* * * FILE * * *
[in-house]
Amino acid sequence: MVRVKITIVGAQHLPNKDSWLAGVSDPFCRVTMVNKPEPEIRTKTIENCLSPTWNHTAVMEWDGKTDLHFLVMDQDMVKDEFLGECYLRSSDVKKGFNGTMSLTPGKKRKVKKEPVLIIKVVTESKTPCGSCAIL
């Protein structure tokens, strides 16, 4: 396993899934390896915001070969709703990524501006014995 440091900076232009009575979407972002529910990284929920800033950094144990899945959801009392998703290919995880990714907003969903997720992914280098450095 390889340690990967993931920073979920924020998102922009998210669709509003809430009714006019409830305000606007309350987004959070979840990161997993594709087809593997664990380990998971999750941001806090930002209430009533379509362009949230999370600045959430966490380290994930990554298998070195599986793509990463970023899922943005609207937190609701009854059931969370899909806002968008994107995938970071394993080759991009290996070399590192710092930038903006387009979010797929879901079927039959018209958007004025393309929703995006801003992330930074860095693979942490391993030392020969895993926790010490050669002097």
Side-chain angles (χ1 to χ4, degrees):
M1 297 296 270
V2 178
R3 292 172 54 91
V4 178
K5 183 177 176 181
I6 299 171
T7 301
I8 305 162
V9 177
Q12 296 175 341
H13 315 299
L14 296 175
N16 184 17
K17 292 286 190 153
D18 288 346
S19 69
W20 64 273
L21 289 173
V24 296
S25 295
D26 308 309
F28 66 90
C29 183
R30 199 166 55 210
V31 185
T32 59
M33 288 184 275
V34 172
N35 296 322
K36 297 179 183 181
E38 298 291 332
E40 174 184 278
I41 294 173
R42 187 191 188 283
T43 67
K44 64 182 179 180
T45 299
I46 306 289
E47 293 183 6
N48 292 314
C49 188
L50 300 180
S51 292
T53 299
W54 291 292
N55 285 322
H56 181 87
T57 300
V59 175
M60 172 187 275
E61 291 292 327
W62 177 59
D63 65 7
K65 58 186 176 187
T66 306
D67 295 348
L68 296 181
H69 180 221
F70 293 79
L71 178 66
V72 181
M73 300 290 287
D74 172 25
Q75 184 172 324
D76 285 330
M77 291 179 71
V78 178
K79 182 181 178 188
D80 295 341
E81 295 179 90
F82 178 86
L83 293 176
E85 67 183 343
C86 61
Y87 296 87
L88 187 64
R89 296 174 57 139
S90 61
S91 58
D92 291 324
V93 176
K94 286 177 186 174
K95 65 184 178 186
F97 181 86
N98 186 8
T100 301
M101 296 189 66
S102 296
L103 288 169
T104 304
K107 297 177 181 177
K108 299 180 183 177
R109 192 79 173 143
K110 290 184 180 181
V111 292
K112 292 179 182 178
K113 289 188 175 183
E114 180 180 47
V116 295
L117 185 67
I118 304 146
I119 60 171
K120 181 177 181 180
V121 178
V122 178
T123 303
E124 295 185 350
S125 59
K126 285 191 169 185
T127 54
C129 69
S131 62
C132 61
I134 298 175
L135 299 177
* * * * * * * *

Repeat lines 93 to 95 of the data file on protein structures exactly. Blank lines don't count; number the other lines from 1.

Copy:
L103 288 169
T104 304
K107 297 177 181 177